Looking at the results, the 2.508GHz nets close to a 5fps gain on the 2.6GHz. Now I know many of you are like "Yeah wow a whole 5fps...big deal" well it kinda is to me. Being the gamer at heart I want the highest fps count I can get outta my system, just like someone who does alot of encoding wants the fastest encode times they can get.

 

I will not contest that using CPU intensive applications: 3D Rendering, video encoding, ect. you that this would be a good idea for you. On the contrary it's not. Those types of applications look for raw CPU power, and you need to feed that need, so the bandwidth thing pretty much slides to the rear. This post is all about, squeezing every last fps outta the system. 5fps doesn't sound like much when you look at it, but it can make a difference between having a game run steady at 33fps or a noticable 28fps difference. I know the human eye cannot see above 32fps...and standard US broadcasts for video are at 29.97fps. But I still would like to keep my 5fps....not to mention a little less stress on the old processor :) . I could care less if I can encode a dvd 45secs faster, or render a full screen image in 3DS MAX in 6sec flat. I don't do those, I game.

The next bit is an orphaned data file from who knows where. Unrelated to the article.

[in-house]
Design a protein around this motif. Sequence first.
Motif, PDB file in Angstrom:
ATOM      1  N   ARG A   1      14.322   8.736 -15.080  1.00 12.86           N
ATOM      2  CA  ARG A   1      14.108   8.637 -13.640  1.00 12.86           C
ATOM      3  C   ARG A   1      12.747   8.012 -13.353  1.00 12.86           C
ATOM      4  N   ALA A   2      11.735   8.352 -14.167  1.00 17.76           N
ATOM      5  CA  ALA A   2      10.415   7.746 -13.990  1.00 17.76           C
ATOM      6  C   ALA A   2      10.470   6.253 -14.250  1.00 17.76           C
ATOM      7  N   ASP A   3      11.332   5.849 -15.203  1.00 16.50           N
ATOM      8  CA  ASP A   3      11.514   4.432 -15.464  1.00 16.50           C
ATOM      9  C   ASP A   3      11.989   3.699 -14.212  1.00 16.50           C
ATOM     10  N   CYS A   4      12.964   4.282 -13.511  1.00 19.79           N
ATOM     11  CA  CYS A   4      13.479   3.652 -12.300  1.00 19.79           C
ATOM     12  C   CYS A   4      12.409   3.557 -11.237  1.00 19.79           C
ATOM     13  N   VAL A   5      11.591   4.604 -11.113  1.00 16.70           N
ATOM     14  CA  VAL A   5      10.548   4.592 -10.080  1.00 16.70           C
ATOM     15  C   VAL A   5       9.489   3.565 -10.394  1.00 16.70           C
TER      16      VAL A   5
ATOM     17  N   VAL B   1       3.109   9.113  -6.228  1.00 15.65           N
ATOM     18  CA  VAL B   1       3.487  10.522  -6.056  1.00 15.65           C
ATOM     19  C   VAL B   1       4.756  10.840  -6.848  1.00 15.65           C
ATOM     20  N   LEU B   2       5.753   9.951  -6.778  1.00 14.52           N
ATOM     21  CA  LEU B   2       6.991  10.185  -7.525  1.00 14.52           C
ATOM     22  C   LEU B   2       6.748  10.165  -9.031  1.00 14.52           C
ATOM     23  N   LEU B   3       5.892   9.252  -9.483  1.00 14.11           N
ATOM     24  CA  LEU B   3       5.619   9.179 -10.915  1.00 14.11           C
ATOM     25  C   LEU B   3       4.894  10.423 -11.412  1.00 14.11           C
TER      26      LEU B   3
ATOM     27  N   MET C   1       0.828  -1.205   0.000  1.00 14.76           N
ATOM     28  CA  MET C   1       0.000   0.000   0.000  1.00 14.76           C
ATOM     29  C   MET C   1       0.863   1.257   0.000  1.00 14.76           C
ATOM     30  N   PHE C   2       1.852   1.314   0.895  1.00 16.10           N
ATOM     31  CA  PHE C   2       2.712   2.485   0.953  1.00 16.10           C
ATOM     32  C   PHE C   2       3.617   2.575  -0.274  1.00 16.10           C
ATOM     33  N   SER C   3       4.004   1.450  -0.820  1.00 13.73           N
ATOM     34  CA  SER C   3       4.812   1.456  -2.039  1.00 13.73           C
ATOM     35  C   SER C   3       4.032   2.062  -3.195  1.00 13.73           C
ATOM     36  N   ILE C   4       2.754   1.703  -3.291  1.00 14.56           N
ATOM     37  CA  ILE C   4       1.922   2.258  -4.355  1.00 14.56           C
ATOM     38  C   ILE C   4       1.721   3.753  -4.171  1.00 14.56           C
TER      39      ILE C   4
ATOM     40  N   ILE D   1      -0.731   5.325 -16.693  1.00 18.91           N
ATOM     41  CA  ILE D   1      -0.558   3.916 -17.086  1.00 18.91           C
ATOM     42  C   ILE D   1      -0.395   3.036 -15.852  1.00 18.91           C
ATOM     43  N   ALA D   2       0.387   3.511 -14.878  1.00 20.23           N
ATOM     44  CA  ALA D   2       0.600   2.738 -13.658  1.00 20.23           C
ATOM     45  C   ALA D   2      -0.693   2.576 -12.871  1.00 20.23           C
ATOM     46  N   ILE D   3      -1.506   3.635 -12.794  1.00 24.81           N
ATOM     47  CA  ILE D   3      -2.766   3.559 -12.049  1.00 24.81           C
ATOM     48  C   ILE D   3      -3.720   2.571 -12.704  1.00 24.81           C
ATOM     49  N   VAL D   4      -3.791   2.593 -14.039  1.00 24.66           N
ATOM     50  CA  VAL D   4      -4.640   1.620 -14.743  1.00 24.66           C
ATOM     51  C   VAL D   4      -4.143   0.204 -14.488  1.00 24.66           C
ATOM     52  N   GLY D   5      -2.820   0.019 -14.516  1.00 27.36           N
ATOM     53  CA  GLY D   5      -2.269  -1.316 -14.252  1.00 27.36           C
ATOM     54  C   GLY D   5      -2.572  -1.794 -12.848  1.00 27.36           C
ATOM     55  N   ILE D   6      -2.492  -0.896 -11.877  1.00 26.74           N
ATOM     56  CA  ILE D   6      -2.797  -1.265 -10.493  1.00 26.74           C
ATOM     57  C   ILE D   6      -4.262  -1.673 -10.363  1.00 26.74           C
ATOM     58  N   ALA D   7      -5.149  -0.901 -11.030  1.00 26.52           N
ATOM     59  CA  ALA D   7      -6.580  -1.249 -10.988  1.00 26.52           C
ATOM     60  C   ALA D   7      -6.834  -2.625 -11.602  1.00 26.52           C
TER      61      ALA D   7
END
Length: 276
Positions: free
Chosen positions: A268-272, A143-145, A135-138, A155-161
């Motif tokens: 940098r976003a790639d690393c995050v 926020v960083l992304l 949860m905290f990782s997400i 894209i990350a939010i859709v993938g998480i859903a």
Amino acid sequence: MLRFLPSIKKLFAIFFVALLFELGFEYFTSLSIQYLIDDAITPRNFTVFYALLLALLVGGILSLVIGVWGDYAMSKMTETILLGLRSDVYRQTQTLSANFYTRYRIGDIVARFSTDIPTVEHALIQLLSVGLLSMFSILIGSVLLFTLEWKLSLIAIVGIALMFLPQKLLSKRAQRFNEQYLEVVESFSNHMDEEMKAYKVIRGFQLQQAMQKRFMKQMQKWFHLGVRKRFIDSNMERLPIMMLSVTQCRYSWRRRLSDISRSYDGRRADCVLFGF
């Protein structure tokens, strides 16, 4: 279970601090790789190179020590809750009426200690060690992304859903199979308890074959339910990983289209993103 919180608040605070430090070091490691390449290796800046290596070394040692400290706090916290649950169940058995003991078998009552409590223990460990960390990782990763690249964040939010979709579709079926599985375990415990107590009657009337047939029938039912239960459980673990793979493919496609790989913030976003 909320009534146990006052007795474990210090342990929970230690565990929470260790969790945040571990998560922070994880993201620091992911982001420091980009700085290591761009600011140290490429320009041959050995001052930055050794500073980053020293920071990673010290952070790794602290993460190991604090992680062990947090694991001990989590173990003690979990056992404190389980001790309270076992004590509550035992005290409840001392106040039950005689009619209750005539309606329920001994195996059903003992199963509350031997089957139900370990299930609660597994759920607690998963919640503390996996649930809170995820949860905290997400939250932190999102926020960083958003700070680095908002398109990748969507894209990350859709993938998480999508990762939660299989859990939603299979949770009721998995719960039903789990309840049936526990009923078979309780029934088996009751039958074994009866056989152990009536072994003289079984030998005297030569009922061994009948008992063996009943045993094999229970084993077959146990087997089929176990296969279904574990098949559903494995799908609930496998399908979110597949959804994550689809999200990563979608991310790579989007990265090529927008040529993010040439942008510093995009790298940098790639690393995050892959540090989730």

I am not trying to turn this into a "My way is better to OC" post. This is really designed a a study into the new architecture of the 8800 series cards. I mentioned that in my first post that I knew the guide was old, and so this is more of a test with the newer hardware, just to see what if any differences may have gone un-noticed. I am in no way trying to disproved anything that Angry_Gamer was posting about, because as I found using a 7800GT, he is quite right ramping up the CPU gives you better gains with that card. With this card, maybe things are changing, and once multi-threading really hits these results will be totally off.